After months of draft guides and speculation, the 2018-19 rookie class is getting its first NBA minutes. Here’s who impressed so far, and who might have a longer way to go than we thought.
Stock Down: Trae Young
Haley O’Shaughnessy: The scrutiny of fifth overall pick Trae Young was always going to be magnified after the Hawks’ gutsy decision to trade down two spots to select him instead of keeping Luka Doncic. Young, who led the nation in scoring as a freshman, already has the pressure of being dubbed the next Steph Curry. But so far in summer league, he’s looked more like the Rockets in Game 7 of the Western Conference finals:
Trae Young’s first two three-point attempts as an Atlanta Hawk pic.twitter.com/P5W8ZIW8oI— Rob Perez (@World_Wide_Wob) July 2, 2018
Young, a coveted deep shooter out of Oklahoma, bombed, air-balled, and bricked 3-pointer after 3-pointer in Atlanta’s three games in Utah. He shot 12.5 percent from behind the arc, hitting only three of his 24 attempts; Young had the shot selection of Curry (from anywhere on the floor, with anyone in his face) with none of the follow-through. His opening game in Las Vegas against the Knicks was more positive—Young finished with 21 points—and, finally, some of the Curryesque theatrics shone through:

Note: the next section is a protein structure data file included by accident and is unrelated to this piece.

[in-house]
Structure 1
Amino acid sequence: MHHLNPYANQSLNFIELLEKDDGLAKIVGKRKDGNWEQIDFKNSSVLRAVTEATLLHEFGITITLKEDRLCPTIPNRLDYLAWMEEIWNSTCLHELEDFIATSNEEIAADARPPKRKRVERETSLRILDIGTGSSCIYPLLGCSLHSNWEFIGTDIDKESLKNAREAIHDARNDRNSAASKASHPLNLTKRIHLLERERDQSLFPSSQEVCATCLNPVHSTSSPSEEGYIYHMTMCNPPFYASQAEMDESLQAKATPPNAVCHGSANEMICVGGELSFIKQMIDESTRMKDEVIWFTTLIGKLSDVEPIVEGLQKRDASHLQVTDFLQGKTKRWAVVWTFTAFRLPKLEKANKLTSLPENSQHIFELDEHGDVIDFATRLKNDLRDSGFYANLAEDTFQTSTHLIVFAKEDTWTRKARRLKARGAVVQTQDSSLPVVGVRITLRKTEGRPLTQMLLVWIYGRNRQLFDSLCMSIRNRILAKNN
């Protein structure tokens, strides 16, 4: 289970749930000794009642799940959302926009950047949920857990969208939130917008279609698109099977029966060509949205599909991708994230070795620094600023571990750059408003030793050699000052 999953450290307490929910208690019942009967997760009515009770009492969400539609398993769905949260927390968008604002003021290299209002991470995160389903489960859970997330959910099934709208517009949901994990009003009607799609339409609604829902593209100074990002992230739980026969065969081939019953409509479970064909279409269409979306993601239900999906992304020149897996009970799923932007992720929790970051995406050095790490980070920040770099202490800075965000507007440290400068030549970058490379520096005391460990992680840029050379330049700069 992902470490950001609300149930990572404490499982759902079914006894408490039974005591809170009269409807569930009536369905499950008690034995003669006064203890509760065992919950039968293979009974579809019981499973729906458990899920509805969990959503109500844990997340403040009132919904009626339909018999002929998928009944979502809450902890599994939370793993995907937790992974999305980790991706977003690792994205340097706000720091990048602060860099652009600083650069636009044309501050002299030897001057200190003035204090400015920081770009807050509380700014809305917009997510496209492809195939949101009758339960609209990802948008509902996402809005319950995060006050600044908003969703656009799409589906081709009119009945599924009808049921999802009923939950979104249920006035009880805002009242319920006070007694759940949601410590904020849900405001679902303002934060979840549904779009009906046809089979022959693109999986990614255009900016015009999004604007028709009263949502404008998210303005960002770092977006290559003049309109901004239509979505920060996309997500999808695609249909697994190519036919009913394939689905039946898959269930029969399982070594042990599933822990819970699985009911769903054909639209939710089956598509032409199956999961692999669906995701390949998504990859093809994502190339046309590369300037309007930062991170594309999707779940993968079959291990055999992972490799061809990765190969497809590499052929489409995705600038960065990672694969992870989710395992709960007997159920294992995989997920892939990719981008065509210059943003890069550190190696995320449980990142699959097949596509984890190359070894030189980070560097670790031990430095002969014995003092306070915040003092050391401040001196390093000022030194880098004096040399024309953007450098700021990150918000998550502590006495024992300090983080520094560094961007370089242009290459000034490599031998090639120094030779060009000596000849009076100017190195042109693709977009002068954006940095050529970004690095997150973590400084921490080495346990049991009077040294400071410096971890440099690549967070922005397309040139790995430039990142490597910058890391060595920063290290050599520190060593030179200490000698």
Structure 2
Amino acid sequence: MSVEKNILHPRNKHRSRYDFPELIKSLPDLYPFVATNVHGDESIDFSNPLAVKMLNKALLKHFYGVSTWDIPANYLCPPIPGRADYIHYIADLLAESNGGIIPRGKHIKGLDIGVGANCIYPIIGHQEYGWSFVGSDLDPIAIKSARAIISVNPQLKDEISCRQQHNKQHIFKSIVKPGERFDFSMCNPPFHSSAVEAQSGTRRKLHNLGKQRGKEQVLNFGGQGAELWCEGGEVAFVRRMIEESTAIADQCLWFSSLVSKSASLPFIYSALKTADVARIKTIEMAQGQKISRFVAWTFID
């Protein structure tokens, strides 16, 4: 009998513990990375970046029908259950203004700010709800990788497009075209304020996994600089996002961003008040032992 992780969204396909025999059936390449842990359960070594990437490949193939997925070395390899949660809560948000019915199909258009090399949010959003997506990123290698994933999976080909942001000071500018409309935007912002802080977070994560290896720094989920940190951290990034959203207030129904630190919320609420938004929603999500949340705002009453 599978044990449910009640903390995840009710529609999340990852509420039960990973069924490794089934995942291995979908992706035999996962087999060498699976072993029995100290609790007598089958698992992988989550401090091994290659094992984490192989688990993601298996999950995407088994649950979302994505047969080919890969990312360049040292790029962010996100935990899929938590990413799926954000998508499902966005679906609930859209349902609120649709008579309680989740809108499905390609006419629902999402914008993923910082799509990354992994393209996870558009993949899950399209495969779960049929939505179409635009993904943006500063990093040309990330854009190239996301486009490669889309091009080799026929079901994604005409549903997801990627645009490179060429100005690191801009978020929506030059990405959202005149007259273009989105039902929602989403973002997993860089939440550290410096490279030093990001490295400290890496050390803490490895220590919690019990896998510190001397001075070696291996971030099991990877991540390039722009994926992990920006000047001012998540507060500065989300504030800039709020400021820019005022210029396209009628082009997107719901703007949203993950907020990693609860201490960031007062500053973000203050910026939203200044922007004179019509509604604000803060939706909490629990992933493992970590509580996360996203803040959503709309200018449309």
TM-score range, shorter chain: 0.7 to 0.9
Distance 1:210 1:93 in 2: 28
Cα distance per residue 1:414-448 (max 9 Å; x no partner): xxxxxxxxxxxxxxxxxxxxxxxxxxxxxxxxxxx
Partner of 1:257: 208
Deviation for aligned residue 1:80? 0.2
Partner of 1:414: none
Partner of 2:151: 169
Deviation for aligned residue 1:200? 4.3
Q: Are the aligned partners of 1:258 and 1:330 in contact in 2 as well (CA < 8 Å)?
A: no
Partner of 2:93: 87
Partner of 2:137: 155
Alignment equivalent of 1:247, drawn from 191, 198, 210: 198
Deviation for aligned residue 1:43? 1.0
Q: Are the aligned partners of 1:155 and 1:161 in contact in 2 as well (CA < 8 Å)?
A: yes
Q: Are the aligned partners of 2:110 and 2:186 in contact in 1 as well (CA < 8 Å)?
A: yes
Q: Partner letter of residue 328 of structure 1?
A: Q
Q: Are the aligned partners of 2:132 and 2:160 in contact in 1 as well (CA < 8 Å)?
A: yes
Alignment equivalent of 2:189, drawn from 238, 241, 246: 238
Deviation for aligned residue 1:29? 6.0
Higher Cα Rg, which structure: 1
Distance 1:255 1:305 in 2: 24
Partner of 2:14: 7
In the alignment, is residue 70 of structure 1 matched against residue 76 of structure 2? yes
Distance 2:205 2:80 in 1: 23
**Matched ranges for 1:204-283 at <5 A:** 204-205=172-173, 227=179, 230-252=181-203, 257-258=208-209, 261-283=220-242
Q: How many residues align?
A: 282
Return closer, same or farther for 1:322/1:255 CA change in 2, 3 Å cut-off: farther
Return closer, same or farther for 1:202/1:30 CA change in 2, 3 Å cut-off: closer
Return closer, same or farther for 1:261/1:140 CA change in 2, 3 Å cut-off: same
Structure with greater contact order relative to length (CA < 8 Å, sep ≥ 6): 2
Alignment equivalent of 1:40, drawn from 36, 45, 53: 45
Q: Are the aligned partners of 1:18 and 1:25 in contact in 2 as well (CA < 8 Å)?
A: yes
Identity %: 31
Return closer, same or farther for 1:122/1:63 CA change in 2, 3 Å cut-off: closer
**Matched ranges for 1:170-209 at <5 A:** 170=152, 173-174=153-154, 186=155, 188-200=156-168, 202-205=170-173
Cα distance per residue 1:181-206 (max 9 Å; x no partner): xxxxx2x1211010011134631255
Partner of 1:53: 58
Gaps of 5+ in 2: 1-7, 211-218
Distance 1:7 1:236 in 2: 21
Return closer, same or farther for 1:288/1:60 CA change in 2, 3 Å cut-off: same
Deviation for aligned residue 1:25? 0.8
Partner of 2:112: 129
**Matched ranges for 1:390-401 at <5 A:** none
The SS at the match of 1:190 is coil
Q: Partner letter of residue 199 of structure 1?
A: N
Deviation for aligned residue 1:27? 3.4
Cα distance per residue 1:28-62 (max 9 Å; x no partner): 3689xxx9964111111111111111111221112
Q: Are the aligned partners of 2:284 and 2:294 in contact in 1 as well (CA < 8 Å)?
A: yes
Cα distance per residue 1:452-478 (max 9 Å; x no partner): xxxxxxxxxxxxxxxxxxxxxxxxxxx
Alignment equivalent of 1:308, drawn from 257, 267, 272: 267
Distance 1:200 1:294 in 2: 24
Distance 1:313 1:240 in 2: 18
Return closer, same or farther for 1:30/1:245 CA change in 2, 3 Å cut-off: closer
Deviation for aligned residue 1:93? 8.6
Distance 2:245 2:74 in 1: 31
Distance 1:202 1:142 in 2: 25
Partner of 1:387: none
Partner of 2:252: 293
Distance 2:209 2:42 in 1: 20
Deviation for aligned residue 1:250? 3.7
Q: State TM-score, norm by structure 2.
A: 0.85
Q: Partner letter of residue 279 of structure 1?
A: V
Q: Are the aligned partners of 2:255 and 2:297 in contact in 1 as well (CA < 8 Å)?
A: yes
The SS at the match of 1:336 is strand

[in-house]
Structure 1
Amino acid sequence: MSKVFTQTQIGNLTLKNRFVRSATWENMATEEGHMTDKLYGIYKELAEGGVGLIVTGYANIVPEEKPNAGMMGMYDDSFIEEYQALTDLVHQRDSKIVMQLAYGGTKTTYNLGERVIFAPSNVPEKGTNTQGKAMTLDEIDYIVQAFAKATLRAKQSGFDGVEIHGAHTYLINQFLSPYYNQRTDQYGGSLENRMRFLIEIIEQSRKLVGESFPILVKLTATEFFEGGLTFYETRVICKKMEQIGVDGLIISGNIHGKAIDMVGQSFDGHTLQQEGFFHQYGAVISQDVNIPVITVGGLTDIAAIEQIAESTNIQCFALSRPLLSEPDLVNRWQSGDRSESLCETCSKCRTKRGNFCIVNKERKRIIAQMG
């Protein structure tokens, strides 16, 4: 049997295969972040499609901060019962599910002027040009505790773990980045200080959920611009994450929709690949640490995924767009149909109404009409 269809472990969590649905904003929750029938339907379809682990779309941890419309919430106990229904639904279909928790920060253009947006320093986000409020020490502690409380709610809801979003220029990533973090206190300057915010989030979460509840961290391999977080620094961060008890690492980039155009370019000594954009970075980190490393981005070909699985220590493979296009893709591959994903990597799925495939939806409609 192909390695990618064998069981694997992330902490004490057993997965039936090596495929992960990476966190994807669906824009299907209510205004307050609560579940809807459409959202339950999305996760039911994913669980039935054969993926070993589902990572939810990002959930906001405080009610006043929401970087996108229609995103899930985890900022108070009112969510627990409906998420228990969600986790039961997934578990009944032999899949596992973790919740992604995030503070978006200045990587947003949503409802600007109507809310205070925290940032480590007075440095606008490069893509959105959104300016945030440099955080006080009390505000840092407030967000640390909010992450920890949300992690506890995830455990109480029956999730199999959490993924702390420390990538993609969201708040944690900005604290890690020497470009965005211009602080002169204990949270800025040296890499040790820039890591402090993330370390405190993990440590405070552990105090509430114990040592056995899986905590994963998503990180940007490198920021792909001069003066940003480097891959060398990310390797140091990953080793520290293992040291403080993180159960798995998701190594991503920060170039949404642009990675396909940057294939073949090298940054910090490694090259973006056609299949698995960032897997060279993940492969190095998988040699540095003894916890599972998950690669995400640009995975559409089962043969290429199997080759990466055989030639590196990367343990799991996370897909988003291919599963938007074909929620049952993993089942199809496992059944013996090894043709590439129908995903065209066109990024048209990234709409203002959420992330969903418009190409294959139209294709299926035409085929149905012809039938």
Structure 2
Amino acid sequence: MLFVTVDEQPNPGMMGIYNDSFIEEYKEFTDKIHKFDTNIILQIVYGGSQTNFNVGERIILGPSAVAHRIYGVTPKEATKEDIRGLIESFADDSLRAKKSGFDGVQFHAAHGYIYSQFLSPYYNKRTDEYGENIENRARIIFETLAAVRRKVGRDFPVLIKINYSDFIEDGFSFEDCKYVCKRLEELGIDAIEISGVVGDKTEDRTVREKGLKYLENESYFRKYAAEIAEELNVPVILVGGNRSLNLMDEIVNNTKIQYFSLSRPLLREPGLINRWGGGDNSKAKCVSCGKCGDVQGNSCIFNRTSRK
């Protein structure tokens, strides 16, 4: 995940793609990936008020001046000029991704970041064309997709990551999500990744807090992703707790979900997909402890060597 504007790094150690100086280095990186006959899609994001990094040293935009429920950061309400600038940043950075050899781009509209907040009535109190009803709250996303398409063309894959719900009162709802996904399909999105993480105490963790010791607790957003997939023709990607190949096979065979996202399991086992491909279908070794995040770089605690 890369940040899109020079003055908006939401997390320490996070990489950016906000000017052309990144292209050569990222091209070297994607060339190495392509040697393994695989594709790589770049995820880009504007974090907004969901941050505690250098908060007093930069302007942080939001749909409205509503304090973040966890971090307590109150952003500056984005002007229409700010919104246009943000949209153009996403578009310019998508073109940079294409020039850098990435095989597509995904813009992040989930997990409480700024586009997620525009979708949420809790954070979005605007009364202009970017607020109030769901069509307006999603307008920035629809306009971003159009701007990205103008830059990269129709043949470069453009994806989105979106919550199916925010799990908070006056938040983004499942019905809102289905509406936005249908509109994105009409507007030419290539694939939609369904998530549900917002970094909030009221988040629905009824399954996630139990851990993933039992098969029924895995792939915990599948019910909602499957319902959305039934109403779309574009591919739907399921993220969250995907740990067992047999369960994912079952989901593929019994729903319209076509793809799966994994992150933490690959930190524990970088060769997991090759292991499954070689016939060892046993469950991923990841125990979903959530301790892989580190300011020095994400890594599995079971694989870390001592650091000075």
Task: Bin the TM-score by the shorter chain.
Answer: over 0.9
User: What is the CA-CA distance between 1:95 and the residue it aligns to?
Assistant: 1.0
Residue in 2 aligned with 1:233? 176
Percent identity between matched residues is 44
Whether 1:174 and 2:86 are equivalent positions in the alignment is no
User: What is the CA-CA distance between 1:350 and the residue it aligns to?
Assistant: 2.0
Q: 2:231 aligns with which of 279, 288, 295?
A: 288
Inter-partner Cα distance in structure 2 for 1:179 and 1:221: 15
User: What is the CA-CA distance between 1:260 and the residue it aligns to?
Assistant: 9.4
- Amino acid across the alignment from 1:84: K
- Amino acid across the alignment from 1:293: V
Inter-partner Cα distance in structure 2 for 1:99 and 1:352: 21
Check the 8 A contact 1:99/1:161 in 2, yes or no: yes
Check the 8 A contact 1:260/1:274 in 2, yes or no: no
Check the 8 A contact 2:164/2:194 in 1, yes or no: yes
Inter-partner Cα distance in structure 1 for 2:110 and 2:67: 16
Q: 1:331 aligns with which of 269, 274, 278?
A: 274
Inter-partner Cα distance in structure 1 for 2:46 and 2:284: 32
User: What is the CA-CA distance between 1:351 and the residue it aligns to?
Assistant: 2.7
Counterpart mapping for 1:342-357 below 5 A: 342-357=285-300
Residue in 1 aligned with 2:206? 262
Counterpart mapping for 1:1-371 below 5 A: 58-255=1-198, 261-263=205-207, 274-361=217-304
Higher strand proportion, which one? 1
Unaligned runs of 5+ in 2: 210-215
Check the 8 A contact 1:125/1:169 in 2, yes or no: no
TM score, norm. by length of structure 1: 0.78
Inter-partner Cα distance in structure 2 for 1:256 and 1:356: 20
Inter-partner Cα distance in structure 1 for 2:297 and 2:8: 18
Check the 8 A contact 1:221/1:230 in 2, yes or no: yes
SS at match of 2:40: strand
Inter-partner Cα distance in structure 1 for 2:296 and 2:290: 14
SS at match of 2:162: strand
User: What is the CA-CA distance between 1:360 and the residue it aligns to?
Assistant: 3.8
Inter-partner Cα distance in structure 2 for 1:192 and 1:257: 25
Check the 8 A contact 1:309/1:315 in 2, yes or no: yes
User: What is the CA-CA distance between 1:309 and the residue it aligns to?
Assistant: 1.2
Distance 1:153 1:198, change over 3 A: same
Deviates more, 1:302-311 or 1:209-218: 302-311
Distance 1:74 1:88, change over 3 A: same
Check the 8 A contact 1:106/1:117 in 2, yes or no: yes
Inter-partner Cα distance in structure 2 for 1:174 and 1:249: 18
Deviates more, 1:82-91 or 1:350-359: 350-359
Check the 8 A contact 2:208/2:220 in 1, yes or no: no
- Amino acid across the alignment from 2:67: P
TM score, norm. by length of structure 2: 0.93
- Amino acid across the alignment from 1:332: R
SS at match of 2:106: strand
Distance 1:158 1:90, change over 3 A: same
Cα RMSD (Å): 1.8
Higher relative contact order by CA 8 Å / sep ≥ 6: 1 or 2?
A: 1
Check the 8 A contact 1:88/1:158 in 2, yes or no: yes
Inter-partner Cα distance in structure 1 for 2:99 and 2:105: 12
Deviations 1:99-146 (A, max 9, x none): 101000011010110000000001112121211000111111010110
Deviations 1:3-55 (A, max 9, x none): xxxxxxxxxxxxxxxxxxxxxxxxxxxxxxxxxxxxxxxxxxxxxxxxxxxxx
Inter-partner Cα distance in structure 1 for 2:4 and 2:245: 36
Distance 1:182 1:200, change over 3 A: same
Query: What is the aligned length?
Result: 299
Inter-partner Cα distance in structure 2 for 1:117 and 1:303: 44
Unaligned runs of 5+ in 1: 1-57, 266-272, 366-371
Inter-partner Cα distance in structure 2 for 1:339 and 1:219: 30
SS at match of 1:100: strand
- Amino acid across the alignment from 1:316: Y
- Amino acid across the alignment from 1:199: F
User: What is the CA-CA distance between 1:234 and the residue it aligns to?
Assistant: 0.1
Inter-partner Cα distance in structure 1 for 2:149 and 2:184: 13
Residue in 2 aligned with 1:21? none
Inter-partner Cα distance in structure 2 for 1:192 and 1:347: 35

It was the type of performance that gave the Hawks (and their fan base) a moment to exhale. But when we’ll see more of that is up to the Atlanta coaching staff: Young exited Sunday’s game against the Portland Trail Blazers with a right quad contusion, and it’s unclear whether and when he’ll return. In the five-game sample, Young has been the impressive playmaker he was in college, but unfortunately, his biggest selling point as a prospect hasn’t translated to the NBA yet.
Stock Up: Kevin Knox
Paolo Uggetti: You get the feeling that when David Fizdale said that he had a “crush on wingspan,” he was imagining what we all saw Saturday afternoon against the Hawks: Kevin Knox diving toward the basket with the ball in his hand, leaping from just outside the restricted area with his arms stretched all the way above his head and throwing down a ferocious dunk.
Knox’s athleticism and confidence have been on full display at summer league through two games, in which he’s averaged 20.5 points, 6.5 rebounds, two assists, and 1.5 steals. Among a crowded field, Knox is rocking rims, showing off his assertiveness from behind the arc (despite shooting only 3-for-14), blocking shots, and handling the ball as a primary option. There’s a general bounciness to this summer Knicks team. Mitchell Robinson looks to be an explosive rim protector and rim runner in the making. Frank Ntilikina, meanwhile, is a defensive nightmare for opposing guards, and might be too good to be in Vegas. Knox, though, is demonstrating exactly why he was a late riser in the lottery. Sure, it’s only a few games, but for Knicks fans, it’s never too early to get excited.
Stock Down: Marvin Bagley III